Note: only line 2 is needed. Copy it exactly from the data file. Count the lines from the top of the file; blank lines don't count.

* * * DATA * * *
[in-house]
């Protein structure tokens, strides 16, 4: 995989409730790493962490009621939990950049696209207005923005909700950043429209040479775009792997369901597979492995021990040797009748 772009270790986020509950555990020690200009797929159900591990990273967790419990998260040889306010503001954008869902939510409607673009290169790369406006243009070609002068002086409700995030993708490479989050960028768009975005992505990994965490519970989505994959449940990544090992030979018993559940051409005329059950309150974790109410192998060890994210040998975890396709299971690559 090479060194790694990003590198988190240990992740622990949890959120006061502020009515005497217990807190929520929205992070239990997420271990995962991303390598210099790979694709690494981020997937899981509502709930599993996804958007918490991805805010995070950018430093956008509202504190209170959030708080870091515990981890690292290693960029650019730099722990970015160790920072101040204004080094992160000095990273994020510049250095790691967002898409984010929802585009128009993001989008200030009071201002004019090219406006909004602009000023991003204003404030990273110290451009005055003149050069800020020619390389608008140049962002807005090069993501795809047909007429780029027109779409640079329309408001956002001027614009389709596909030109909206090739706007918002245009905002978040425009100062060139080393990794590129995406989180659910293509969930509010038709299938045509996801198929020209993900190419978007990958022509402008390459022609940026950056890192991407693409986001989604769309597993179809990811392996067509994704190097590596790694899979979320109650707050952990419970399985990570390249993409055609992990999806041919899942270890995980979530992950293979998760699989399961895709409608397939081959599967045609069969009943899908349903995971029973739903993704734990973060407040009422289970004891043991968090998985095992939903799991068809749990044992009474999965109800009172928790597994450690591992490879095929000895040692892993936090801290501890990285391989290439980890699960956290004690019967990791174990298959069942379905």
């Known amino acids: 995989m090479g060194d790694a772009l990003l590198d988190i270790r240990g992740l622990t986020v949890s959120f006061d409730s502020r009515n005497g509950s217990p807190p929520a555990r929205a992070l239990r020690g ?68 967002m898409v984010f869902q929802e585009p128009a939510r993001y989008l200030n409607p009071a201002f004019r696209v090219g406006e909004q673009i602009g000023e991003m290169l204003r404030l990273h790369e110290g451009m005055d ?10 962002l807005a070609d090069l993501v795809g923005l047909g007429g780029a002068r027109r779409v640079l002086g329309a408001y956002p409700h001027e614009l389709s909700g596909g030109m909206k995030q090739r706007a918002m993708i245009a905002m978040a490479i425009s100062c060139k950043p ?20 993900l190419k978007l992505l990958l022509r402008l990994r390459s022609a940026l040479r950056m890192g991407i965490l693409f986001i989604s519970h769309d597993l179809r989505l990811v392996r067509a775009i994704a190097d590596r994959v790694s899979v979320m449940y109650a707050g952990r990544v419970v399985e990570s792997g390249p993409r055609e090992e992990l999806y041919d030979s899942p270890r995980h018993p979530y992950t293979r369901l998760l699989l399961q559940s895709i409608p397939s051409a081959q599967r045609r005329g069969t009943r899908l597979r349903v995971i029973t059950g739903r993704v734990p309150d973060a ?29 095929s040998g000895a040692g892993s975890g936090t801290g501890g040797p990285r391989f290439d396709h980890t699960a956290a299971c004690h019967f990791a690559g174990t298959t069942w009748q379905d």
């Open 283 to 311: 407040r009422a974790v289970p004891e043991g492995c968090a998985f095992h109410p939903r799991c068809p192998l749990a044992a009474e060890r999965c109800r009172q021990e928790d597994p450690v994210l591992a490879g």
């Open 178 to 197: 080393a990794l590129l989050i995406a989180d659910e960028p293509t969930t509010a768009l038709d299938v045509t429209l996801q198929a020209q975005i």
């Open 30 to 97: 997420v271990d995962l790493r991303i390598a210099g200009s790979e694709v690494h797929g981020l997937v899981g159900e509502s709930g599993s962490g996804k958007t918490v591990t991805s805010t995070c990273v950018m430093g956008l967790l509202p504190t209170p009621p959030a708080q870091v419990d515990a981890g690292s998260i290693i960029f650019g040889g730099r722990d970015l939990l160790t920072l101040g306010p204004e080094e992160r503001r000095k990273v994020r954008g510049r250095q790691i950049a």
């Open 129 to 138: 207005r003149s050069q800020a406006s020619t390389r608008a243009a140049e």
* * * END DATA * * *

């Protein structure tokens, strides 16, 4: 995989409730790493962490009621939990950049696209207005923005909700950043429209040479775009792997369901597979492995021990040797009748 772009270790986020509950555990020690200009797929159900591990990273967790419990998260040889306010503001954008869902939510409607673009290169790369406006243009070609002068002086409700995030993708490479989050960028768009975005992505990994965490519970989505994959449940990544090992030979018993559940051409005329059950309150974790109410192998060890994210040998975890396709299971690559 090479060194790694990003590198988190240990992740622990949890959120006061502020009515005497217990807190929520929205992070239990997420271990995962991303390598210099790979694709690494981020997937899981509502709930599993996804958007918490991805805010995070950018430093956008509202504190209170959030708080870091515990981890690292290693960029650019730099722990970015160790920072101040204004080094992160000095990273994020510049250095790691967002898409984010929802585009128009993001989008200030009071201002004019090219406006909004602009000023991003204003404030990273110290451009005055003149050069800020020619390389608008140049962002807005090069993501795809047909007429780029027109779409640079329309408001956002001027614009389709596909030109909206090739706007918002245009905002978040425009100062060139080393990794590129995406989180659910293509969930509010038709299938045509996801198929020209993900190419978007990958022509402008390459022609940026950056890192991407693409986001989604769309597993179809990811392996067509994704190097590596790694899979979320109650707050952990419970399985990570390249993409055609992990999806041919899942270890995980979530992950293979998760699989399961895709409608397939081959599967045609069969009943899908349903995971029973739903993704734990973060407040009422289970004891043991968090998985095992939903799991068809749990044992009474999965109800009172928790597994450690591992490879095929000895040692892993936090801290501890990285391989290439980890699960956290004690019967990791174990298959069942379905």